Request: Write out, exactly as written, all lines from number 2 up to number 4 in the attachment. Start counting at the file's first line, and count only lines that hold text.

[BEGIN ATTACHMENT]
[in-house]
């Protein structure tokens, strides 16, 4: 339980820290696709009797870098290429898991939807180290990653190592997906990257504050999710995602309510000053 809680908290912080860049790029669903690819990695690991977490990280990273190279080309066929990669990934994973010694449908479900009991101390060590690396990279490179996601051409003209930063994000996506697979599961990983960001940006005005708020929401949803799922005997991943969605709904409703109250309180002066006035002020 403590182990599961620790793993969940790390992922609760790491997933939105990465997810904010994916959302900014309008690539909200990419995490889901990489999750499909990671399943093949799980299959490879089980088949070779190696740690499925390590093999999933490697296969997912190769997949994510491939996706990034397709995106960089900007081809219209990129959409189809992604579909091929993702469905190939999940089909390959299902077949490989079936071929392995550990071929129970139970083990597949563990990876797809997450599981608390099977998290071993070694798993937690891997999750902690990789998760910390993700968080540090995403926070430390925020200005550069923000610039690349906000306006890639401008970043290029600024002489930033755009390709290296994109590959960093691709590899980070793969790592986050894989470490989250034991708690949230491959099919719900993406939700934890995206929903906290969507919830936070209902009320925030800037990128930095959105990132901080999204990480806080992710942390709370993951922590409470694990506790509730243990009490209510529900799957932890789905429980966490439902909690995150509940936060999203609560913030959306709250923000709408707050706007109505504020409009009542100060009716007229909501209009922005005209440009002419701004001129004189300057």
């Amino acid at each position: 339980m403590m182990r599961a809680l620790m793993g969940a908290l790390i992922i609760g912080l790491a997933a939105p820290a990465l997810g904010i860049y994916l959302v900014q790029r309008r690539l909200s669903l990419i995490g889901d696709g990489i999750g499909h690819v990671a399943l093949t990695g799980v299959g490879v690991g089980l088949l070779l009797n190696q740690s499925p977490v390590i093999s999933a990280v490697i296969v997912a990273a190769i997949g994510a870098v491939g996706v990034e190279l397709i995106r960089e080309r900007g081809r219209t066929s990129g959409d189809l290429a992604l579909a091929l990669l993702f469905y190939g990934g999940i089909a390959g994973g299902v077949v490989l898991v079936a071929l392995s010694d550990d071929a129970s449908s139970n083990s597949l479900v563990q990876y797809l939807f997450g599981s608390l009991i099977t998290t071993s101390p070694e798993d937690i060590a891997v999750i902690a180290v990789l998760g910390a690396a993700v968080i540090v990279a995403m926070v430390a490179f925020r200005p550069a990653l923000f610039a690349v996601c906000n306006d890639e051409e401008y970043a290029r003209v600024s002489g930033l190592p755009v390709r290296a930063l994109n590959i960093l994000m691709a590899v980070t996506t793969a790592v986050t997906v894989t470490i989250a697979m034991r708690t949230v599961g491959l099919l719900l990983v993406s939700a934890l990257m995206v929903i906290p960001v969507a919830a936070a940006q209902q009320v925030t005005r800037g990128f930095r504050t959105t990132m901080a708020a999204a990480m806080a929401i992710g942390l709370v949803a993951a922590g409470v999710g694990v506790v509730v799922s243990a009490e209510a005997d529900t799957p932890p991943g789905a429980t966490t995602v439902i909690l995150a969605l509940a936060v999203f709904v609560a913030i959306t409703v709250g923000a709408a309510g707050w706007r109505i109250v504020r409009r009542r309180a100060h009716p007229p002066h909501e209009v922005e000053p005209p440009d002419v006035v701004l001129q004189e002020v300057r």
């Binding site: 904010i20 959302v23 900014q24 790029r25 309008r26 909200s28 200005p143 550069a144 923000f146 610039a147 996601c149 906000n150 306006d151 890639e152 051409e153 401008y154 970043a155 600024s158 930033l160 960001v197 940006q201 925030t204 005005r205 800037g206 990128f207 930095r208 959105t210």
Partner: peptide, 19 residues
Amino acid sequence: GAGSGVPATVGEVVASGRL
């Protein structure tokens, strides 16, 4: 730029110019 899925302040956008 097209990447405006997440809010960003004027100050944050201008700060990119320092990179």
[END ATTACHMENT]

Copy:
């Protein structure tokens, strides 16, 4: 339980820290696709009797870098290429898991939807180290990653190592997906990257504050999710995602309510000053 809680908290912080860049790029669903690819990695690991977490990280990273190279080309066929990669990934994973010694449908479900009991101390060590690396990279490179996601051409003209930063994000996506697979599961990983960001940006005005708020929401949803799922005997991943969605709904409703109250309180002066006035002020 403590182990599961620790793993969940790390992922609760790491997933939105990465997810904010994916959302900014309008690539909200990419995490889901990489999750499909990671399943093949799980299959490879089980088949070779190696740690499925390590093999999933490697296969997912190769997949994510491939996706990034397709995106960089900007081809219209990129959409189809992604579909091929993702469905190939999940089909390959299902077949490989079936071929392995550990071929129970139970083990597949563990990876797809997450599981608390099977998290071993070694798993937690891997999750902690990789998760910390993700968080540090995403926070430390925020200005550069923000610039690349906000306006890639401008970043290029600024002489930033755009390709290296994109590959960093691709590899980070793969790592986050894989470490989250034991708690949230491959099919719900993406939700934890995206929903906290969507919830936070209902009320925030800037990128930095959105990132901080999204990480806080992710942390709370993951922590409470694990506790509730243990009490209510529900799957932890789905429980966490439902909690995150509940936060999203609560913030959306709250923000709408707050706007109505504020409009009542100060009716007229909501209009922005005209440009002419701004001129004189300057």
């Amino acid at each position: 339980m403590m182990r599961a809680l620790m793993g969940a908290l790390i992922i609760g912080l790491a997933a939105p820290a990465l997810g904010i860049y994916l959302v900014q790029r309008r690539l909200s669903l990419i995490g889901d696709g990489i999750g499909h690819v990671a399943l093949t990695g799980v299959g490879v690991g089980l088949l070779l009797n190696q740690s499925p977490v390590i093999s999933a990280v490697i296969v997912a990273a190769i997949g994510a870098v491939g996706v990034e190279l397709i995106r960089e080309r900007g081809r219209t066929s990129g959409d189809l290429a992604l579909a091929l990669l993702f469905y190939g990934g999940i089909a390959g994973g299902v077949v490989l898991v079936a071929l392995s010694d550990d071929a129970s449908s139970n083990s597949l479900v563990q990876y797809l939807f997450g599981s608390l009991i099977t998290t071993s101390p070694e798993d937690i060590a891997v999750i902690a180290v990789l998760g910390a690396a993700v968080i540090v990279a995403m926070v430390a490179f925020r200005p550069a990653l923000f610039a690349v996601c906000n306006d890639e051409e401008y970043a290029r003209v600024s002489g930033l190592p755009v390709r290296a930063l994109n590959i960093l994000m691709a590899v980070t996506t793969a790592v986050t997906v894989t470490i989250a697979m034991r708690t949230v599961g491959l099919l719900l990983v993406s939700a934890l990257m995206v929903i906290p960001v969507a919830a936070a940006q209902q009320v925030t005005r800037g990128f930095r504050t959105t990132m901080a708020a999204a990480m806080a929401i992710g942390l709370v949803a993951a922590g409470v999710g694990v506790v509730v799922s243990a009490e209510a005997d529900t799957p932890p991943g789905a429980t966490t995602v439902i909690l995150a969605l509940a936060v999203f709904v609560a913030i959306t409703v709250g923000a709408a309510g707050w706007r109505i109250v504020r409009r009542r309180a100060h009716p007229p002066h909501e209009v922005e000053p005209p440009d002419v006035v701004l001129q004189e002020v300057r």
């Binding site: 904010i20 959302v23 900014q24 790029r25 309008r26 909200s28 200005p143 550069a144 923000f146 610039a147 996601c149 906000n150 306006d151 890639e152 051409e153 401008y154 970043a155 600024s158 930033l160 960001v197 940006q201 925030t204 005005r205 800037g206 990128f207 930095r208 959105t210």